Basal ganglia calcification idiopathic childhood-onset

Common Name(s)

Basal ganglia calcification idiopathic childhood-onset

Basal Ganglia Calcification Idiopathic Childhood-Onset is a condition characterized by calcium deposits in the basal ganglia portion of the brain. The basal ganglia is associated with voluntary movements, learning, cognition, and emotion. Child onset is rare, as symptoms for basal ganglia calcification more commonly begin between 20-40 years old. Child onset symptoms include mental impairment, psychiatric disorders, movement abnormalities, small head size, increased muscle tone, continuous and repetitive involuntary movements, spastic paralysis, eye disease, and limb shortening. CT scans can detect the calcium build up in the brain, but it might also be visible on regular x-rays of the head.

Unfortunately, there is no cure for this disease and treatment options focus on reducing symptoms and include various medications. Basal ganglia calcification can run in families. When this condition is inherited it is passed through families in an autosomal dominant manner. We inherit our genes in pairs, one from each parent typically. Our genes are what control the growth, development and function of our bodies. If a mistake or error occurs in a gene, it can cause problems. Autosomal dominant means that if one parent has the condition (therefore the mutation) there is a 50% chance that they will pass it on to each of their children. However sometimes the mutation or change is sporadic or new (de novo), meaning it occurred when the egg or sperm was being made in one parent. Neither parent therefore would have the condition, but the individual affected with the condition would then have a 50% chance of passing it to each of their children. The exact gene causing this rare condition is not known yet but research is still continuing to better understand this rare condition. If your child has been diagnosed with basal ganglia calcification, talk with your pediatrician and specialists about the most current treatment options.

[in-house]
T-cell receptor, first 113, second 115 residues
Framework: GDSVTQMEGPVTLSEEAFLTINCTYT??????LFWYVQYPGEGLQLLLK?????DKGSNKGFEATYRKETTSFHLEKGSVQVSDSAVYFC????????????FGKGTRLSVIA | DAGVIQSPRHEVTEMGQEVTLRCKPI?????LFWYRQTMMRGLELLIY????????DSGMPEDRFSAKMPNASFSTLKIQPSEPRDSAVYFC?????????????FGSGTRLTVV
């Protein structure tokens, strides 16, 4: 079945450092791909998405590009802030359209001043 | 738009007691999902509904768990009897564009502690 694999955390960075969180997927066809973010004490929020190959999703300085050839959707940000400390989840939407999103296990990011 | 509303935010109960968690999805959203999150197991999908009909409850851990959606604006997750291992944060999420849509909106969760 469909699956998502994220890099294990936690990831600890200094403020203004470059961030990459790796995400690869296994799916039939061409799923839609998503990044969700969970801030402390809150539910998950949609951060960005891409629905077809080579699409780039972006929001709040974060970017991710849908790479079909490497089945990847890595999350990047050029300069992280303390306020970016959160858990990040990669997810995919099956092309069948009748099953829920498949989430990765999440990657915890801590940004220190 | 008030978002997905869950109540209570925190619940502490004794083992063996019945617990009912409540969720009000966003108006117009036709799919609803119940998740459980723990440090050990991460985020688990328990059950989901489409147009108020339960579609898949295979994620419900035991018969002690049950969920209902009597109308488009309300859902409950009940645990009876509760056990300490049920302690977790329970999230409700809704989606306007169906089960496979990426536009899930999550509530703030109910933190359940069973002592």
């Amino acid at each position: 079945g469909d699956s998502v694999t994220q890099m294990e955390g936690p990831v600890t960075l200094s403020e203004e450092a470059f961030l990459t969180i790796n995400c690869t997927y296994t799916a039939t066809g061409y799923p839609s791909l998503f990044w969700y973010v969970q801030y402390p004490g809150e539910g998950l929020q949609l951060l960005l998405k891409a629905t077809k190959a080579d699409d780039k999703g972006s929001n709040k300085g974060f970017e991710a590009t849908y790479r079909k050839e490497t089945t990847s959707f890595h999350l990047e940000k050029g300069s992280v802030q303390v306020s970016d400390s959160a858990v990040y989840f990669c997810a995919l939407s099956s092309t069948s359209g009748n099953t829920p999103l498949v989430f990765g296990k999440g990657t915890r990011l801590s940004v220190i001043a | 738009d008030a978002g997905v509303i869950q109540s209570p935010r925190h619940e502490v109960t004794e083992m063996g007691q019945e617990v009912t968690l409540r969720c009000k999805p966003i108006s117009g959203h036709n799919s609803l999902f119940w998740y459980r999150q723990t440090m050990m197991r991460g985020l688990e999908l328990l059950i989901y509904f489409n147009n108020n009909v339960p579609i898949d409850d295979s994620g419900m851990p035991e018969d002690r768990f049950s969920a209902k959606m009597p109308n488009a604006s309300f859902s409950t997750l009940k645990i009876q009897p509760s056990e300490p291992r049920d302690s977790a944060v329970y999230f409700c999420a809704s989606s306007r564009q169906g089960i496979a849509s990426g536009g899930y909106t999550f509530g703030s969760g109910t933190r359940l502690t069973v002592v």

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Scientific Literature

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Clinical Trial Information This information is provided by ClinicalTrials.gov

There are currently no open clinical trials for this condition.